China customs 'issue' keeps NZ meat off shelves
SIMON DAY AND HAMISH RUTHERFORD
Chinese supermarkets are beginning to run out of New Zealand beef and lamb as Kiwi meat remains stuck at ports around China.
Officials say they are working "around the clock" to resolve the issue but the Government is giving no timetable for when the stalled shipments will be cleared.
It emerged on Friday that all meat exports to China have been blocked from entering the country, possibly since the end of April.
The Government was told of the problem on Tuesday, but made no public statement until yesterday. On Friday it was left up to the Meat Industry Association to insist that there was no food safety issue.
Food Safety Minister Nikki Kaye said yesterday that the issue was being taken seriously.
"MPI [the Ministry of Primary Industries] and the Ministry of Foreign Affairs and Trade [Mfat] are working around the clock to provide technical information, documentation and assurance from New Zealand, so Chinese officials can proceed with clearance."
The issue was apparently caused by a change of name on export certification, caused by the Ministry of Agriculture and Forestry being rolled into MPI, which also has responsibility for fisheries and food safety.
Fairfax reporter Simon Day, who is in China, said yesterday that supermarkets were beginning to run out of New Zealand product.
In a multi-storeyed Carrefour supermarket in Shanghai's Changning district, an area popular with the city's foreign residents, Kiwi lamb was not in stock.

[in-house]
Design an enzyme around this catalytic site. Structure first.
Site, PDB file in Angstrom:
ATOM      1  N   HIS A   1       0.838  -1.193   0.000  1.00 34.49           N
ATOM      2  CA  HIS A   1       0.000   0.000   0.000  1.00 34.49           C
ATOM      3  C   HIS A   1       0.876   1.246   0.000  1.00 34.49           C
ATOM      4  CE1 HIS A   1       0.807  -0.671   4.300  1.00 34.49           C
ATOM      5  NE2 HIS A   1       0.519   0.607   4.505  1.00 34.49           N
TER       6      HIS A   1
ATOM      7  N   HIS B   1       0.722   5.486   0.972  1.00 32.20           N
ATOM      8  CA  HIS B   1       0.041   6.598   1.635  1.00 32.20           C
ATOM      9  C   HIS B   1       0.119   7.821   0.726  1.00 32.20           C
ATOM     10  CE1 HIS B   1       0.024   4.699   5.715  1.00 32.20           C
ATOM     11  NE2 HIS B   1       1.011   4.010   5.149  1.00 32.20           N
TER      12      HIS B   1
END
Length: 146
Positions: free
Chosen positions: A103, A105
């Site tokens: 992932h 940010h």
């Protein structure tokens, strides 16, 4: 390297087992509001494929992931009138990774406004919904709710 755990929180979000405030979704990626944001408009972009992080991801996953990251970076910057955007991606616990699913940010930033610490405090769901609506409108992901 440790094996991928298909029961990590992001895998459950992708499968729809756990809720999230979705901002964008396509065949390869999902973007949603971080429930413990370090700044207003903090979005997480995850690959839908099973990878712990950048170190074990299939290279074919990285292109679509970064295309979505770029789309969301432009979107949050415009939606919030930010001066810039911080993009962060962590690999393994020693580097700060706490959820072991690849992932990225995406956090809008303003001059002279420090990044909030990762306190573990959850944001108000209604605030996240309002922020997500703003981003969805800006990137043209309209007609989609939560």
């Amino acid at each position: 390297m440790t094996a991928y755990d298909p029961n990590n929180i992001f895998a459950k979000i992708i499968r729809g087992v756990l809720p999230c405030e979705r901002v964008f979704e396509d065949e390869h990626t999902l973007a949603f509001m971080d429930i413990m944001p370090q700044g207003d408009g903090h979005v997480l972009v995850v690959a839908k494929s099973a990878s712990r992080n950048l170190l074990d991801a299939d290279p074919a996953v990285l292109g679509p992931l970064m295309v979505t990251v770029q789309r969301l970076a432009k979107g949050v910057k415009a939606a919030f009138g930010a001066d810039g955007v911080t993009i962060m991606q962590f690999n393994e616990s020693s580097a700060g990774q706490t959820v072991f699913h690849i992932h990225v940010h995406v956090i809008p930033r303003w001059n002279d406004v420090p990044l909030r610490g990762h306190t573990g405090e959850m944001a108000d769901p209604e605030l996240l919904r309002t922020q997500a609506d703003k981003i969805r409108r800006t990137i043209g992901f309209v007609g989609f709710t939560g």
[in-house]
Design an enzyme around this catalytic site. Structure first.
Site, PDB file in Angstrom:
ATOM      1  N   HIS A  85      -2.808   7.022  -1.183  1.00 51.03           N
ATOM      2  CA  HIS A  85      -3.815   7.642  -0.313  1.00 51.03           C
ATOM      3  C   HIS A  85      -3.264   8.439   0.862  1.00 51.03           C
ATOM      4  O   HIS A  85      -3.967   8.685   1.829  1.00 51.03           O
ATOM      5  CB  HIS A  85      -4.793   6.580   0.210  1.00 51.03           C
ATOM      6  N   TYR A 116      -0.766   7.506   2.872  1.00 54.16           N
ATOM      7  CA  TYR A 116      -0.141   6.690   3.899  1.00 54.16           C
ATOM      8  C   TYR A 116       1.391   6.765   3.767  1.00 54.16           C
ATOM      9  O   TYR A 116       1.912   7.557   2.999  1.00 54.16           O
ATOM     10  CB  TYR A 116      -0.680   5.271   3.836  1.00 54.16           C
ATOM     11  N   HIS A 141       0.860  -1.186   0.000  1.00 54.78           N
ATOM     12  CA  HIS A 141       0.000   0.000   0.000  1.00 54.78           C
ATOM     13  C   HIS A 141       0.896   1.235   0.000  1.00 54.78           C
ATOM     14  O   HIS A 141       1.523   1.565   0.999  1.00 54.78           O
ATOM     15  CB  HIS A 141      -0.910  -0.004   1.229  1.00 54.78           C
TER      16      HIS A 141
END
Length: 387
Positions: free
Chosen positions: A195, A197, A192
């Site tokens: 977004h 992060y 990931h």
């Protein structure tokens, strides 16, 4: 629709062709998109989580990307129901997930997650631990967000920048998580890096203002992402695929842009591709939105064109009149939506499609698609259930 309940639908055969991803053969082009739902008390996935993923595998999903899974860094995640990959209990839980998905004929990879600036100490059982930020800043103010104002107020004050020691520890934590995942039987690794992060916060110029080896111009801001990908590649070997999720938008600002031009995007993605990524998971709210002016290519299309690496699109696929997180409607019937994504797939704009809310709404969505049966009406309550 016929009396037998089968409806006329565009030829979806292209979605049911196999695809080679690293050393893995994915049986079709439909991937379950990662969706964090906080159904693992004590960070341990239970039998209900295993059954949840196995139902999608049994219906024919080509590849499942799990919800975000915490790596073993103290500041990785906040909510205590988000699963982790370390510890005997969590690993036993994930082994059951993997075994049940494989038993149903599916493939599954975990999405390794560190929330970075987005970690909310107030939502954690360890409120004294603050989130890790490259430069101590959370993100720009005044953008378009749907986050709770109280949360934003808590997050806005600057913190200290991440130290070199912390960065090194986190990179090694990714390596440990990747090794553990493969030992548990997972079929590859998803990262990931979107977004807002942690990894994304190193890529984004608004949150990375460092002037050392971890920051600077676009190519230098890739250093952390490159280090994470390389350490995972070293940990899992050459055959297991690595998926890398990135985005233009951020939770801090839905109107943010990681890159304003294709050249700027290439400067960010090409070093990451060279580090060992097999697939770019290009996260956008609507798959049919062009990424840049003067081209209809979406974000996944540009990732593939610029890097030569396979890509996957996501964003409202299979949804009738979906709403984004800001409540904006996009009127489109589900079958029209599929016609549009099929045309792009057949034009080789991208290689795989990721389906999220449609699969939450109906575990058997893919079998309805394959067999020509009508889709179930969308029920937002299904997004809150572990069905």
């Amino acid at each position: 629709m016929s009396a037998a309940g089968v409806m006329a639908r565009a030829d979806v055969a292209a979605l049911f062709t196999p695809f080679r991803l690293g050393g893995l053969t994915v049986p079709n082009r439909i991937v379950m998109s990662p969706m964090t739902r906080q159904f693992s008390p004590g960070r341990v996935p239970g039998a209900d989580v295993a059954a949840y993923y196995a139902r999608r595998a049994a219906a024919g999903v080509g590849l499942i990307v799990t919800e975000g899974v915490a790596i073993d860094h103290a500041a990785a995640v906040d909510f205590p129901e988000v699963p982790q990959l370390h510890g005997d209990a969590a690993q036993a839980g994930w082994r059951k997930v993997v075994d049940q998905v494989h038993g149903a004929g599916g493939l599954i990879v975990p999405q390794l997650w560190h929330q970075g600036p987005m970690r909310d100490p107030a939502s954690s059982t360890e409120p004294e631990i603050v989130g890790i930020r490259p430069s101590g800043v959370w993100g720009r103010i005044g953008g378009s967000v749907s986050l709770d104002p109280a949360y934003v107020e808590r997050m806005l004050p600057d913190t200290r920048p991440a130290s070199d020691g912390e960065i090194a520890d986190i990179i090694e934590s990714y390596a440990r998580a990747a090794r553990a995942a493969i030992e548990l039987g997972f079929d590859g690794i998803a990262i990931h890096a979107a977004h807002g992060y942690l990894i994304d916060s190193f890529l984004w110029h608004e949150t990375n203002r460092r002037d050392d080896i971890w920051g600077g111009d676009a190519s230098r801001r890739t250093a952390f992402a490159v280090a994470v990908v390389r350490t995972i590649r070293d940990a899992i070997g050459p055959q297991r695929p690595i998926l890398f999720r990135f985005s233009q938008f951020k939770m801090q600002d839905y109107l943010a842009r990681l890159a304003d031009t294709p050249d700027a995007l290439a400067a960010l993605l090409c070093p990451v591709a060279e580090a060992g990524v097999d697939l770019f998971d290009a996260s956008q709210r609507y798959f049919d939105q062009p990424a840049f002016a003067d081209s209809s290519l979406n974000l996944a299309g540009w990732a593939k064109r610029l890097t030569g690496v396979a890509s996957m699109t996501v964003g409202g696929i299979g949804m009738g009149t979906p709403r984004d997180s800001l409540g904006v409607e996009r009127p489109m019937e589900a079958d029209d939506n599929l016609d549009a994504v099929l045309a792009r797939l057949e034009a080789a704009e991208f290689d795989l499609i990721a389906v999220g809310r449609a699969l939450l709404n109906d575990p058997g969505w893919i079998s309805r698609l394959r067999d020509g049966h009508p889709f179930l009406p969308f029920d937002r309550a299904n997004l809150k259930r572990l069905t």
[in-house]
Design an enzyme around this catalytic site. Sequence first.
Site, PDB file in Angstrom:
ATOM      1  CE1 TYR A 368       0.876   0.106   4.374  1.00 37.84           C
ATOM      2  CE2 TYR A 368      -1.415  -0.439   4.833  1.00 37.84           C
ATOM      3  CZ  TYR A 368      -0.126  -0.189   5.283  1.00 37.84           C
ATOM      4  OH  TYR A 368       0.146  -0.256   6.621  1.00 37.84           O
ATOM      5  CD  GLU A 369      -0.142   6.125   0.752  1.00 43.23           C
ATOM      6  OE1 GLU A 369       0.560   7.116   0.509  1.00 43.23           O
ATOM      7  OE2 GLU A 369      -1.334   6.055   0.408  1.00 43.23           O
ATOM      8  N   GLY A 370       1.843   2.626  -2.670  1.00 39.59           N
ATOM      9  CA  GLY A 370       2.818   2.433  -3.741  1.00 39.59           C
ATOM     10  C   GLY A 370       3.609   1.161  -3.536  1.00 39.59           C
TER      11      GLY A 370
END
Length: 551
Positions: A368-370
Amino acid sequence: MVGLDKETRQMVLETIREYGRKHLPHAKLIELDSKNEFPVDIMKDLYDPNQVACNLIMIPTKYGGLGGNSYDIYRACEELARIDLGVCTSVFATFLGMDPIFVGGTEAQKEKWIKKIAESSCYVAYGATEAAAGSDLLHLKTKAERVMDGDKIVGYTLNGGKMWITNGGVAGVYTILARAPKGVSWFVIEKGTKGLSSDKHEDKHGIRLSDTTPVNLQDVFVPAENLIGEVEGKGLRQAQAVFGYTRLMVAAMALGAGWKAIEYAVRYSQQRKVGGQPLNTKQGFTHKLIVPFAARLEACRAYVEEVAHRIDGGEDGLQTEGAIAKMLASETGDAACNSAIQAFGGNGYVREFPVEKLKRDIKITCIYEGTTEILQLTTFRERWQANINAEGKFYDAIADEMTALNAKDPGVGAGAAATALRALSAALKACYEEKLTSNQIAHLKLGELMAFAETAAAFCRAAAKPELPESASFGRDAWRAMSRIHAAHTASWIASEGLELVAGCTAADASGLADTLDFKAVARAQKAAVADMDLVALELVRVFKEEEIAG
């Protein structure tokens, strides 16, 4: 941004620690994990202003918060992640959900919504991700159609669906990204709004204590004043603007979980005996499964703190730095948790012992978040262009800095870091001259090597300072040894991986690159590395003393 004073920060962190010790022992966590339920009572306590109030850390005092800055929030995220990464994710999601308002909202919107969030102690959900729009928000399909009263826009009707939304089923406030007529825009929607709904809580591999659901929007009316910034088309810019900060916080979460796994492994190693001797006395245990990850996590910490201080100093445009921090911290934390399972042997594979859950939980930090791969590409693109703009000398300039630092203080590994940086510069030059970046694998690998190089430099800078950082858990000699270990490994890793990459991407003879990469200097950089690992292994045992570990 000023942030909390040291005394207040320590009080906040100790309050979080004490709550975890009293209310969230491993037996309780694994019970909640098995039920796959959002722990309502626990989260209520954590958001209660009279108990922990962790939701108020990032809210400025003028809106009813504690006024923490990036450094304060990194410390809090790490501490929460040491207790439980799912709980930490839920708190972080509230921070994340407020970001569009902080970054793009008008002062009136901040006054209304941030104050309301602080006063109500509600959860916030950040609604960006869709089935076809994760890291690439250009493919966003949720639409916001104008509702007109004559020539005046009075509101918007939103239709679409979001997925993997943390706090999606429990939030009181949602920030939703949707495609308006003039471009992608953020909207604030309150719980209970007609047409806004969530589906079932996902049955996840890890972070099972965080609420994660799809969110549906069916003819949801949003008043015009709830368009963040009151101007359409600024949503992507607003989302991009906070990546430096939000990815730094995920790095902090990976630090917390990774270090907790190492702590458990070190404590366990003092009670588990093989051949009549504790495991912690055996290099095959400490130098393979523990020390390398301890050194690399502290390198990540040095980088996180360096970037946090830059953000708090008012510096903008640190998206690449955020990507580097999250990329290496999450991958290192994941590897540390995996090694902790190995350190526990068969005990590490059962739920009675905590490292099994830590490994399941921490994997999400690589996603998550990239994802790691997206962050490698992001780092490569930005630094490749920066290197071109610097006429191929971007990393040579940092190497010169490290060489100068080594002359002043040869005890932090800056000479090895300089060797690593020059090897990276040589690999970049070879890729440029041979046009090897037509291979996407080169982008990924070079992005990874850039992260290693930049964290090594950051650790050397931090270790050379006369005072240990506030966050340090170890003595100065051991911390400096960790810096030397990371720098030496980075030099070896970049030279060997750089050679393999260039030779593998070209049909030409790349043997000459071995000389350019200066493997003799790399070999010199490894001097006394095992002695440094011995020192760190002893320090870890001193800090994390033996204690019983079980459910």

According to a shop assistant working in the meat section, New Zealand lamb was usually available and popular. But recently it had become unavailable.
Australian and Argentinian beef was available, and clearly promoted. Only Mongolian and Chinese sheepmeat was available.
China was the largest buyer of New Zealand's sheepmeat by both volume and value in the first quarter of the year.
The stop at the border could mean thousands of tonnes of New Zealand sheepmeat will either be stuck at port or on the water en route to China. Every Kiwi meat company exporting to China is believed to have been affected.
A top meat-industry source said certification was being used by Chinese authorities as an excuse to protect local pork and poultry industries, noting that China had continued to allow imports of both dairy products and beef hides.
Meat Industry Association chief executive Tim Ritchie said the issue could cause long-term damage to the industry.
DEAL WITH ‘OTHER CHINA' ON BRINK OF BEING SIGNED
New Zealand is poised to sign its first free-trade agreement in more than three years, with an announcement of a deal with Taiwan expected in the coming months.
Sources say negotiations have been progressing smoothly, and the most complicated issues, including Taiwan's complicated relationship with mainland China, are already largely resolved.
Assuming it is completed, it would be the first deal concluded since a closer economic partnership was announced with Hong Kong in March 2010.
While New Zealand does not officially recognise Taiwan as a country, it is our 12th-largest trading partner, having spent years in the top 10.
The island nation of 23 million people imported more than $800m of products from New Zealand in the year to June 2012, and was the source of more than 18,000 tourists.
The deal could be worth "tens of millions", a source estimated, with the biggest winners likely to be producers of dairy products, meat, kiwifruit and, in particular, apples, where a drop in tariff, the source said, could be "transformational".
Despite lengthy trade relations, exporters to Taiwan often face tariffs of around 20 per cent.
Factors said to have complicated the passing of the deal are both New Zealand's relations with China, where trade has soared since a free-trade agreement was reached, and Taiwan's own trade negotiations with mainland China.
Trade Minister Tim Groser declined to comment.
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